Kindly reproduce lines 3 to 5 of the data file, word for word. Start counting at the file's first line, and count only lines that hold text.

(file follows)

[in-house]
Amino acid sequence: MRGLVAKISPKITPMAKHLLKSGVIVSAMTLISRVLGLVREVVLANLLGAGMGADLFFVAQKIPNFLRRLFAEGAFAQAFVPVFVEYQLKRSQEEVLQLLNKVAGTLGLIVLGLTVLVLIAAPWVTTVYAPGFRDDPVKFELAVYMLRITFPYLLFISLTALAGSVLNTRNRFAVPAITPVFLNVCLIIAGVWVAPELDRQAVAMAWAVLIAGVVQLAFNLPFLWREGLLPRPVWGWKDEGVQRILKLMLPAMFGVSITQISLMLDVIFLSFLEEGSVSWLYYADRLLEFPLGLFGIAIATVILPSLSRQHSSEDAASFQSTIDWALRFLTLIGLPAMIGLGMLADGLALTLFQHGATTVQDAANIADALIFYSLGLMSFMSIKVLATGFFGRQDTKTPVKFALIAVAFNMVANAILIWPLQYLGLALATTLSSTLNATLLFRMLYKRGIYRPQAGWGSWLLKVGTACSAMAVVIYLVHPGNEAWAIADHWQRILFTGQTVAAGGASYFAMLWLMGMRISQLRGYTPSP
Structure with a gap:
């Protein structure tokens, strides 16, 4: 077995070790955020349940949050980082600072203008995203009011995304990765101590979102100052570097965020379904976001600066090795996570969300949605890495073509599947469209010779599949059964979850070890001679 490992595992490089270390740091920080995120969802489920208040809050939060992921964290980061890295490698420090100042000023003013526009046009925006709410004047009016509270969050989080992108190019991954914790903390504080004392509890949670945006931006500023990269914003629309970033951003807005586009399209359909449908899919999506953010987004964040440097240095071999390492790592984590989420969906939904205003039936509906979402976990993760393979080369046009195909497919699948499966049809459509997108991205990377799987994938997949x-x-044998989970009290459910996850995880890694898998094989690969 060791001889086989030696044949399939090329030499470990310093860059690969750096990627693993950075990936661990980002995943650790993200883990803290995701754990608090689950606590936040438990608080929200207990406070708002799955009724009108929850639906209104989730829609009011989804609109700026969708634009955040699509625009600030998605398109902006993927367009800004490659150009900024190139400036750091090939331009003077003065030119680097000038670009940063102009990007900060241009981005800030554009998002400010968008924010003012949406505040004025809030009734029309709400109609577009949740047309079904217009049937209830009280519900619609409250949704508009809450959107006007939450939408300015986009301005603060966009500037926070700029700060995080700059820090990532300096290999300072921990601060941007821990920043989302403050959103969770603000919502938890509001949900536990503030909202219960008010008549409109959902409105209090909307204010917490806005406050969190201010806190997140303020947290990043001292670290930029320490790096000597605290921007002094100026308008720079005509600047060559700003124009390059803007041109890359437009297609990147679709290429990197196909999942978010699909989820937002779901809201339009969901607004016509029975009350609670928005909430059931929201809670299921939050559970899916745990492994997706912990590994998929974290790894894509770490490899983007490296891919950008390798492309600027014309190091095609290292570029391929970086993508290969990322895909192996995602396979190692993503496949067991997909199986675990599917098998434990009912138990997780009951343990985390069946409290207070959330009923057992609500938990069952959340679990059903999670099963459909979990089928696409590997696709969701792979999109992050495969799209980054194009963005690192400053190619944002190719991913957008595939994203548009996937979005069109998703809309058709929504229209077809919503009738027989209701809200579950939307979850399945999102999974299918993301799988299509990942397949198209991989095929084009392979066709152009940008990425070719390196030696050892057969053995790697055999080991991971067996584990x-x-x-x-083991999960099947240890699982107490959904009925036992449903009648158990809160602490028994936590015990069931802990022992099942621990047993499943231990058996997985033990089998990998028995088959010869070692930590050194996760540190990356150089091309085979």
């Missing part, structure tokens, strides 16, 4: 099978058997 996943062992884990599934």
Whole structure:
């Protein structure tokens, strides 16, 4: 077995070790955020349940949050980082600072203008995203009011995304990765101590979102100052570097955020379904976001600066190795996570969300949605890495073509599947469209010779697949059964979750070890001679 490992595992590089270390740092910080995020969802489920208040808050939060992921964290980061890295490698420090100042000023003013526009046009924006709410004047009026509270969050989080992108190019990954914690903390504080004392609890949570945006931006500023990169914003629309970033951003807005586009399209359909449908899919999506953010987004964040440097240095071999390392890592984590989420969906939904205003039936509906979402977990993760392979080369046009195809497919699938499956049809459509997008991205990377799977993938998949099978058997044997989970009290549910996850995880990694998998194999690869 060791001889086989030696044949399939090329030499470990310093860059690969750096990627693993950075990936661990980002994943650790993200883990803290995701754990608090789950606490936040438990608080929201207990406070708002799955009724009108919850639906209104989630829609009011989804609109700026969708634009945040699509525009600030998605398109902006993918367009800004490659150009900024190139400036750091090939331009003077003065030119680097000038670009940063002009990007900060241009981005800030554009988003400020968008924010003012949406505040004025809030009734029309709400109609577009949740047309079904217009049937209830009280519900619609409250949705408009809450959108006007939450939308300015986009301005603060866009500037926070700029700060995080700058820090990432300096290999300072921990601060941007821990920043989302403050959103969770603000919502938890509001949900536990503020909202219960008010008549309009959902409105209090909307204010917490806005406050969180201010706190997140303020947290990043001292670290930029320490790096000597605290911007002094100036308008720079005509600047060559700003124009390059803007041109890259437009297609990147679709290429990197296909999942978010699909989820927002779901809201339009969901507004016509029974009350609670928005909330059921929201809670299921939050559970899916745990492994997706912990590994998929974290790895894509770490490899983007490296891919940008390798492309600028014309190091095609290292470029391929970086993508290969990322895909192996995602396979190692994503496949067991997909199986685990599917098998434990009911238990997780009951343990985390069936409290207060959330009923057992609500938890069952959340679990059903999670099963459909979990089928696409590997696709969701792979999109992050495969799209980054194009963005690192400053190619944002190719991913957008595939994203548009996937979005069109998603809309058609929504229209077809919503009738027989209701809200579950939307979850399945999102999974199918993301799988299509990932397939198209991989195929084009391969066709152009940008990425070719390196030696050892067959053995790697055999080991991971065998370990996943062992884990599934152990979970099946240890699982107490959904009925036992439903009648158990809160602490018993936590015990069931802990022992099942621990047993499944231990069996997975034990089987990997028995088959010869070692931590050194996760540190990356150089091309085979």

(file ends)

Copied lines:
Structure with a gap:
């Protein structure tokens, strides 16, 4: 077995070790955020349940949050980082600072203008995203009011995304990765101590979102100052570097965020379904976001600066090795996570969300949605890495073509599947469209010779599949059964979850070890001679 490992595992490089270390740091920080995120969802489920208040809050939060992921964290980061890295490698420090100042000023003013526009046009925006709410004047009016509270969050989080992108190019991954914790903390504080004392509890949670945006931006500023990269914003629309970033951003807005586009399209359909449908899919999506953010987004964040440097240095071999390492790592984590989420969906939904205003039936509906979402976990993760393979080369046009195909497919699948499966049809459509997108991205990377799987994938997949x-x-044998989970009290459910996850995880890694898998094989690969 060791001889086989030696044949399939090329030499470990310093860059690969750096990627693993950075990936661990980002995943650790993200883990803290995701754990608090689950606590936040438990608080929200207990406070708002799955009724009108929850639906209104989730829609009011989804609109700026969708634009955040699509625009600030998605398109902006993927367009800004490659150009900024190139400036750091090939331009003077003065030119680097000038670009940063102009990007900060241009981005800030554009998002400010968008924010003012949406505040004025809030009734029309709400109609577009949740047309079904217009049937209830009280519900619609409250949704508009809450959107006007939450939408300015986009301005603060966009500037926070700029700060995080700059820090990532300096290999300072921990601060941007821990920043989302403050959103969770603000919502938890509001949900536990503030909202219960008010008549409109959902409105209090909307204010917490806005406050969190201010806190997140303020947290990043001292670290930029320490790096000597605290921007002094100026308008720079005509600047060559700003124009390059803007041109890359437009297609990147679709290429990197196909999942978010699909989820937002779901809201339009969901607004016509029975009350609670928005909430059931929201809670299921939050559970899916745990492994997706912990590994998929974290790894894509770490490899983007490296891919950008390798492309600027014309190091095609290292570029391929970086993508290969990322895909192996995602396979190692993503496949067991997909199986675990599917098998434990009912138990997780009951343990985390069946409290207070959330009923057992609500938990069952959340679990059903999670099963459909979990089928696409590997696709969701792979999109992050495969799209980054194009963005690192400053190619944002190719991913957008595939994203548009996937979005069109998703809309058709929504229209077809919503009738027989209701809200579950939307979850399945999102999974299918993301799988299509990942397949198209991989095929084009392979066709152009940008990425070719390196030696050892057969053995790697055999080991991971067996584990x-x-x-x-083991999960099947240890699982107490959904009925036992449903009648158990809160602490028994936590015990069931802990022992099942621990047993499943231990058996997985033990089998990998028995088959010869070692930590050194996760540190990356150089091309085979």
């Missing part, structure tokens, strides 16, 4: 099978058997 996943062992884990599934």